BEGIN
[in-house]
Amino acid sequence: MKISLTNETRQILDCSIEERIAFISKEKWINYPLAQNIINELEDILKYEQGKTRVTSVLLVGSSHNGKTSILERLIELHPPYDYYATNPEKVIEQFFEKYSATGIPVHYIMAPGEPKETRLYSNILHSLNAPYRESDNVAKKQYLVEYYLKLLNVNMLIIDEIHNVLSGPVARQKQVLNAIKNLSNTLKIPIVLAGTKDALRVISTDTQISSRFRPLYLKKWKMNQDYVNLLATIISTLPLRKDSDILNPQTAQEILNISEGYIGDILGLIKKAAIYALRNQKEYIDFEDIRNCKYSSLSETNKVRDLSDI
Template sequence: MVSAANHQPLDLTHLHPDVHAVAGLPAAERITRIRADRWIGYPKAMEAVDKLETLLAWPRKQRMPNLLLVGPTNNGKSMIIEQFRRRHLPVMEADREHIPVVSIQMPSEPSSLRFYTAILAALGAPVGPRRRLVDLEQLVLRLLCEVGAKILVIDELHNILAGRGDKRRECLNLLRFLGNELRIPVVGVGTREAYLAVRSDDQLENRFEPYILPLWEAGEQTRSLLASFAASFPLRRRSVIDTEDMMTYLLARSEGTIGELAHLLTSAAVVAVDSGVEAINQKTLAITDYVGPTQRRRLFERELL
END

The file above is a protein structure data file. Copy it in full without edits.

[in-house]
Amino acid sequence: MKISLTNETRQILDCSIEERIAFISKEKWINYPLAQNIINELEDILKYEQGKTRVTSVLLVGSSHNGKTSILERLIELHPPYDYYATNPEKVIEQFFEKYSATGIPVHYIMAPGEPKETRLYSNILHSLNAPYRESDNVAKKQYLVEYYLKLLNVNMLIIDEIHNVLSGPVARQKQVLNAIKNLSNTLKIPIVLAGTKDALRVISTDTQISSRFRPLYLKKWKMNQDYVNLLATIISTLPLRKDSDILNPQTAQEILNISEGYIGDILGLIKKAAIYALRNQKEYIDFEDIRNCKYSSLSETNKVRDLSDI
Template sequence: MVSAANHQPLDLTHLHPDVHAVAGLPAAERITRIRADRWIGYPKAMEAVDKLETLLAWPRKQRMPNLLLVGPTNNGKSMIIEQFRRRHLPVMEADREHIPVVSIQMPSEPSSLRFYTAILAALGAPVGPRRRLVDLEQLVLRLLCEVGAKILVIDELHNILAGRGDKRRECLNLLRFLGNELRIPVVGVGTREAYLAVRSDDQLENRFEPYILPLWEAGEQTRSLLASFAASFPLRRRSVIDTEDMMTYLLARSEGTIGELAHLLTSAAVVAVDSGVEAINQKTLAITDYVGPTQRRRLFERELL